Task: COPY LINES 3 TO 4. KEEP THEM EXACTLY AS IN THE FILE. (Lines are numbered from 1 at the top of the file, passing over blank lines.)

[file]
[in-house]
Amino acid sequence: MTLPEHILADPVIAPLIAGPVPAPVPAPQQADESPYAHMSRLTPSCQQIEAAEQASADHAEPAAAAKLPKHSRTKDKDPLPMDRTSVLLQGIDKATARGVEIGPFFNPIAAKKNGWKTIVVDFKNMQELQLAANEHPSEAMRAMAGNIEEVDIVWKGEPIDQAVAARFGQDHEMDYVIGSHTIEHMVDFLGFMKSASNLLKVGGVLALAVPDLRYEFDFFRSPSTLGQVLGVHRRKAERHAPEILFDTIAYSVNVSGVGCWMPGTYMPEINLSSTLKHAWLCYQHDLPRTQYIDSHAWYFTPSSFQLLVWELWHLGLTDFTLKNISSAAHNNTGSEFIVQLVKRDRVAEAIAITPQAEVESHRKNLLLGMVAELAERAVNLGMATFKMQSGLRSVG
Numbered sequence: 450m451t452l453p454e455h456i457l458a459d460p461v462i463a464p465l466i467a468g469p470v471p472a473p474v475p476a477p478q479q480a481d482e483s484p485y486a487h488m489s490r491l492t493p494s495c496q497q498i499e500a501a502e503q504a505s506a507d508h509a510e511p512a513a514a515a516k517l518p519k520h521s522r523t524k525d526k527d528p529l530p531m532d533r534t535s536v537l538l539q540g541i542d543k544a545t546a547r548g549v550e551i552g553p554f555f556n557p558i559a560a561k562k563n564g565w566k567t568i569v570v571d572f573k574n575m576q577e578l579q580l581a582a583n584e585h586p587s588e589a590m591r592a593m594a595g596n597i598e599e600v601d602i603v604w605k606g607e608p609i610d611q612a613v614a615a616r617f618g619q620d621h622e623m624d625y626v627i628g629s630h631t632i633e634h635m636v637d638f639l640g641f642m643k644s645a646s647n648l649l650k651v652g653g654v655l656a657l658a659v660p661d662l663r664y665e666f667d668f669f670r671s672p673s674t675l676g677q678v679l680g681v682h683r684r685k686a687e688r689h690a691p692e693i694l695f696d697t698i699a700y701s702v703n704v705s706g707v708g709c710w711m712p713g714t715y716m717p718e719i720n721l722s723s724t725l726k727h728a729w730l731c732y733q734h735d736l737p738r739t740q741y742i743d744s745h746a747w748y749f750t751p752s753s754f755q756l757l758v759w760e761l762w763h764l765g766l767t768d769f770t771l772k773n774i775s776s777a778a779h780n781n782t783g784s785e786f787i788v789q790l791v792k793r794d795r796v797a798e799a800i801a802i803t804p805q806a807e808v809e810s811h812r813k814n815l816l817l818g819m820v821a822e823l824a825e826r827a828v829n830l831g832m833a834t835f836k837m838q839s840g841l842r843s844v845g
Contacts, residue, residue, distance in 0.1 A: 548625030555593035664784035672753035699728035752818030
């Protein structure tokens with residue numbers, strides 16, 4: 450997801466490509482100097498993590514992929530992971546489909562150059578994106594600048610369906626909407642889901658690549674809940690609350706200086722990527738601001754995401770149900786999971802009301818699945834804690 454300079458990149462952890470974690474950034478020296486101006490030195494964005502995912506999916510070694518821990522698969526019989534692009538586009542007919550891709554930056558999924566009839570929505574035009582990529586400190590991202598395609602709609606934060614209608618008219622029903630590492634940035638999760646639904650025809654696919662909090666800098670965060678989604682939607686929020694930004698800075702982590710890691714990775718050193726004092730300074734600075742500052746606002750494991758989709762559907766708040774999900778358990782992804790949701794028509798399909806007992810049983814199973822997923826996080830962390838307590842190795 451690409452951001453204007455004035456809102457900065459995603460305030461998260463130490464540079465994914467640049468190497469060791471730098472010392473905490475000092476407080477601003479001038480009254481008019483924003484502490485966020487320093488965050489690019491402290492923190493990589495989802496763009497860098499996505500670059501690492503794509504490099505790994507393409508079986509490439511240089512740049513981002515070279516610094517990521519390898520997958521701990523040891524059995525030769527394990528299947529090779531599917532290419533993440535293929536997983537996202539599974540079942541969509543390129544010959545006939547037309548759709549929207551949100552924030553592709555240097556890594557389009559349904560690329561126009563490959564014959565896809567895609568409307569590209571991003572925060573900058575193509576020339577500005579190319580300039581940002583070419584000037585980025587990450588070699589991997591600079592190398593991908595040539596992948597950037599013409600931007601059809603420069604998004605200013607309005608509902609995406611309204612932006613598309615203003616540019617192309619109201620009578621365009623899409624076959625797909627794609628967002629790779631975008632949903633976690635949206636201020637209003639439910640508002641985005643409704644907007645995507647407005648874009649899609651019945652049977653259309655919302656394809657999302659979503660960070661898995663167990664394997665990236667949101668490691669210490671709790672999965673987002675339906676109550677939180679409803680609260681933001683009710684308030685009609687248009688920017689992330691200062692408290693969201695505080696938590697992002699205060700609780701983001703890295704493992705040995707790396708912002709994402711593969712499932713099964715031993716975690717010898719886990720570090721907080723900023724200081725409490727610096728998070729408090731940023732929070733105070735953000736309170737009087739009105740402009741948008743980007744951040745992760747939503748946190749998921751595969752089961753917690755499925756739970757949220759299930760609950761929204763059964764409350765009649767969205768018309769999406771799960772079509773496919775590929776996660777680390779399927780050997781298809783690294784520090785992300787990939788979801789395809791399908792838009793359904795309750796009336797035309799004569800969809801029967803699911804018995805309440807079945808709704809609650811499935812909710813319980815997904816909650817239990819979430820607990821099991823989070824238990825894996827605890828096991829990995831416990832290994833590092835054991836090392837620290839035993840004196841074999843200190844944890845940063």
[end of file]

Numbered sequence: 450m451t452l453p454e455h456i457l458a459d460p461v462i463a464p465l466i467a468g469p470v471p472a473p474v475p476a477p478q479q480a481d482e483s484p485y486a487h488m489s490r491l492t493p494s495c496q497q498i499e500a501a502e503q504a505s506a507d508h509a510e511p512a513a514a515a516k517l518p519k520h521s522r523t524k525d526k527d528p529l530p531m532d533r534t535s536v537l538l539q540g541i542d543k544a545t546a547r548g549v550e551i552g553p554f555f556n557p558i559a560a561k562k563n564g565w566k567t568i569v570v571d572f573k574n575m576q577e578l579q580l581a582a583n584e585h586p587s588e589a590m591r592a593m594a595g596n597i598e599e600v601d602i603v604w605k606g607e608p609i610d611q612a613v614a615a616r617f618g619q620d621h622e623m624d625y626v627i628g629s630h631t632i633e634h635m636v637d638f639l640g641f642m643k644s645a646s647n648l649l650k651v652g653g654v655l656a657l658a659v660p661d662l663r664y665e666f667d668f669f670r671s672p673s674t675l676g677q678v679l680g681v682h683r684r685k686a687e688r689h690a691p692e693i694l695f696d697t698i699a700y701s702v703n704v705s706g707v708g709c710w711m712p713g714t715y716m717p718e719i720n721l722s723s724t725l726k727h728a729w730l731c732y733q734h735d736l737p738r739t740q741y742i743d744s745h746a747w748y749f750t751p752s753s754f755q756l757l758v759w760e761l762w763h764l765g766l767t768d769f770t771l772k773n774i775s776s777a778a779h780n781n782t783g784s785e786f787i788v789q790l791v792k793r794d795r796v797a798e799a800i801a802i803t804p805q806a807e808v809e810s811h812r813k814n815l816l817l818g819m820v821a822e823l824a825e826r827a828v829n830l831g832m833a834t835f836k837m838q839s840g841l842r843s844v845g
Contacts, residue, residue, distance in 0.1 A: 548625030555593035664784035672753035699728035752818030